Is it a bad idea to compare Hilter to a bully? Is it sensible and ethical to equate the worst criminal in history to a playground tormenter?
Should I allow my 5-year-old daughter to embrace the world of Disney, or break Prince Charming’s spell by pointing out that royalty got awesome castles by exploiting poor serfs? Answers to questions like this define a parent’s outlook on what childhood should be like. Despite my exposure to critical gender studies, I generally encourage my daughter to get her politically incorrect princess on. So, imagine my dismay at discovering that her kindergarten class planned to commemorate Yom Hashoah (Holocaust Remembrance Day) by discussing a person called “Bully Hitler.”
To be fair, the teachers did their best when comparing the worst criminal in history to a playground tormentor. By combining Chrysanthemum Chrysanthemum, a story about a young girl bullied because of her unusual name, with the forest-animal tale Terrible Things: An Allegory About the Holocaust, no traumatic detail was ever uttered. Nobody mentioned concentration camps filled with emaciated prisoners and flesh incinerating ovens. And that’s a good thing, because 5- and 6-year-olds just can’t grasp the complexity of the Holocaust.
Young children do, however, understand bullying. And since bullying is dangerous and pervasive, kindergartners should be taught how to identify and properly respond to its troubling manifestations. As with “stranger danger” training, promoting safety requires piercing the innocence bubble with some knowledge of potential peril. Indeed, to advocate for a “pure childhood” is to recommend a dangerous naiveté.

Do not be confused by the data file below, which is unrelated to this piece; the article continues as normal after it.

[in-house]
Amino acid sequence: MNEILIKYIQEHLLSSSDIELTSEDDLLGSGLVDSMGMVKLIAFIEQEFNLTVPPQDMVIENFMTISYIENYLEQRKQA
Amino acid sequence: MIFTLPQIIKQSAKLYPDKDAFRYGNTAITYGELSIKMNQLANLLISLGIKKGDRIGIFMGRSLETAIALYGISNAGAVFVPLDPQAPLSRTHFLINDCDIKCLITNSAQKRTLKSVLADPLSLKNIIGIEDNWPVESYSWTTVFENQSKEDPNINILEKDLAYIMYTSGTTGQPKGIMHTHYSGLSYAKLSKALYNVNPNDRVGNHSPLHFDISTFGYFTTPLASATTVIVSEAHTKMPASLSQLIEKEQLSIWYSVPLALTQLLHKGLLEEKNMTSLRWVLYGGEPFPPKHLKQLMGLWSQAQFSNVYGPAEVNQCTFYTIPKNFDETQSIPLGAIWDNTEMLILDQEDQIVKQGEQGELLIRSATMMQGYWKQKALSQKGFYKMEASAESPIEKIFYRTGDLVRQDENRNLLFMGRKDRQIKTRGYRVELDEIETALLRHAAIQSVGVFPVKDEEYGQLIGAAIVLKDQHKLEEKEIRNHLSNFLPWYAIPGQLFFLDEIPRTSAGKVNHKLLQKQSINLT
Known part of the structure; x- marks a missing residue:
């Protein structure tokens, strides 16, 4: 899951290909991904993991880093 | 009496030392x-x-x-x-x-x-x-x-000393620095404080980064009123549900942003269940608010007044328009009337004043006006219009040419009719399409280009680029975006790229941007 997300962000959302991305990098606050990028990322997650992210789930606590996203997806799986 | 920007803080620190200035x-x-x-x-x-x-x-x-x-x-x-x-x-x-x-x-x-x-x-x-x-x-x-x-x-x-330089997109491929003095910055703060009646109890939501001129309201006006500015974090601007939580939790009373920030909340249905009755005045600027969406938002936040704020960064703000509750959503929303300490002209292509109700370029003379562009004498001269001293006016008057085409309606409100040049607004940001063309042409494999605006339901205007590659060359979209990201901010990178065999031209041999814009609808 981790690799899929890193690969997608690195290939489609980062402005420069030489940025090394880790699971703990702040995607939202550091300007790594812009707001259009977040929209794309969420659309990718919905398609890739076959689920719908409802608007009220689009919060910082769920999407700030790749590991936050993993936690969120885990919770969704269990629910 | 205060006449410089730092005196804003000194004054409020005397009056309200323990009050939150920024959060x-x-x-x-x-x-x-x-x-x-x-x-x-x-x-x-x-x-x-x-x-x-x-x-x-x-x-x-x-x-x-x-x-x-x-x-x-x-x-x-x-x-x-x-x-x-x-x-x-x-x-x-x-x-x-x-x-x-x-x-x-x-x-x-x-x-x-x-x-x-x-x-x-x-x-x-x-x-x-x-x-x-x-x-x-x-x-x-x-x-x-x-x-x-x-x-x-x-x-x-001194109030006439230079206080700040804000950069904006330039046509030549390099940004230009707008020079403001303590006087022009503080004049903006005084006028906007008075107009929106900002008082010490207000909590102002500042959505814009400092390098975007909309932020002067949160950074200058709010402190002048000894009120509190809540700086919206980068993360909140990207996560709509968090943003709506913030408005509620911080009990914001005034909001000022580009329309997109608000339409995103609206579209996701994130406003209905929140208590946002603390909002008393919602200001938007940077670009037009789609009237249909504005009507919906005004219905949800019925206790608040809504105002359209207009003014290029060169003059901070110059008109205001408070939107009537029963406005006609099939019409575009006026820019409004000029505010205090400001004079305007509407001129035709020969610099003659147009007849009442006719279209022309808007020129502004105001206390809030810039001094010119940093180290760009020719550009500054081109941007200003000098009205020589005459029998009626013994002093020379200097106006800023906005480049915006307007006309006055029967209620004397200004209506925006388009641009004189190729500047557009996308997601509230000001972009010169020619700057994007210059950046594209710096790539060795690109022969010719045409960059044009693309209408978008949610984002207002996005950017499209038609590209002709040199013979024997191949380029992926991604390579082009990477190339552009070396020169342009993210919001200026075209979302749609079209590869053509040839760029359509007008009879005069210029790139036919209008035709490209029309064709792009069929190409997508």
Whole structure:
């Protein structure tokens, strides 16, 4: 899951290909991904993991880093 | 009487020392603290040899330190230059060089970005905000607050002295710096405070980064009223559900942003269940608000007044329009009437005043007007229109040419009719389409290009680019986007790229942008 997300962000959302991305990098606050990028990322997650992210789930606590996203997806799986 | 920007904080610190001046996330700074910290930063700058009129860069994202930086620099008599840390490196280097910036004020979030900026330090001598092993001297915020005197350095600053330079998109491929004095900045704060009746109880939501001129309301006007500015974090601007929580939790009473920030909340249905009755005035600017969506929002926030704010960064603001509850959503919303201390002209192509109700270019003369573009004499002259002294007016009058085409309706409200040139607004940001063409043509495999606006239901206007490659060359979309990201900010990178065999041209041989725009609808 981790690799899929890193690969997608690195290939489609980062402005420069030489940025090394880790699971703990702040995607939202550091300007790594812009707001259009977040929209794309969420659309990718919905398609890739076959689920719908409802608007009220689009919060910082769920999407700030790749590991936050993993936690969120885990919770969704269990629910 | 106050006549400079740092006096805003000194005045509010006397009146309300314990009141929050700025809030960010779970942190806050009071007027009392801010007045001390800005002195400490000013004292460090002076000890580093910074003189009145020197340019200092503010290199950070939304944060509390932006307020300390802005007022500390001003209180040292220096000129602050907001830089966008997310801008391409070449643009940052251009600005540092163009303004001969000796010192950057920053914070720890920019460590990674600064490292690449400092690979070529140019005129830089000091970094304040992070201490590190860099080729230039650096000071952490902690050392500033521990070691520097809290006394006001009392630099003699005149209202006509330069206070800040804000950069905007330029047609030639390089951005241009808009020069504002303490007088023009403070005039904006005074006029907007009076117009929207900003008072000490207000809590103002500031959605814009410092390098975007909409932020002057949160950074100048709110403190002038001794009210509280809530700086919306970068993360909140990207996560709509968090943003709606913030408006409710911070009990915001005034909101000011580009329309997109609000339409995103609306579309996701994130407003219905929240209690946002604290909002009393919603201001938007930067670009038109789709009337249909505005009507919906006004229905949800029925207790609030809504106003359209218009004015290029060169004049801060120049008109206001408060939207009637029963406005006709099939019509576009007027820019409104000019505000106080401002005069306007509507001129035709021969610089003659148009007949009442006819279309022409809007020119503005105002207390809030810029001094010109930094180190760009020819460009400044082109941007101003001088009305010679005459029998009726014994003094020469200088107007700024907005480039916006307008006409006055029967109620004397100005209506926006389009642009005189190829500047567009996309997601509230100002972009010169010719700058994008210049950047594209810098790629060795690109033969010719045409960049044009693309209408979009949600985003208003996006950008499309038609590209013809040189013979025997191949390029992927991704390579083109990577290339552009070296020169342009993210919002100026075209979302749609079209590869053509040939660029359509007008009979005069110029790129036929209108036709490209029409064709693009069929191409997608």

Evan Selinger is Associate Professor of Philosophy and MAGIC Center Head of Research Communications, Community & Ethics, both at Rochester Institute of Technology. Evan publishes extensively in the areas of philosophy of technology, privacy, and ethics/policy of science and technology. To enhance public debate about ethics, Evan regularly supplements his peer-reviewed scholarship with outreach articles in places like The Atlantic, Wired, Slate, Forbes,The Wall Street Journal, and The Nation.
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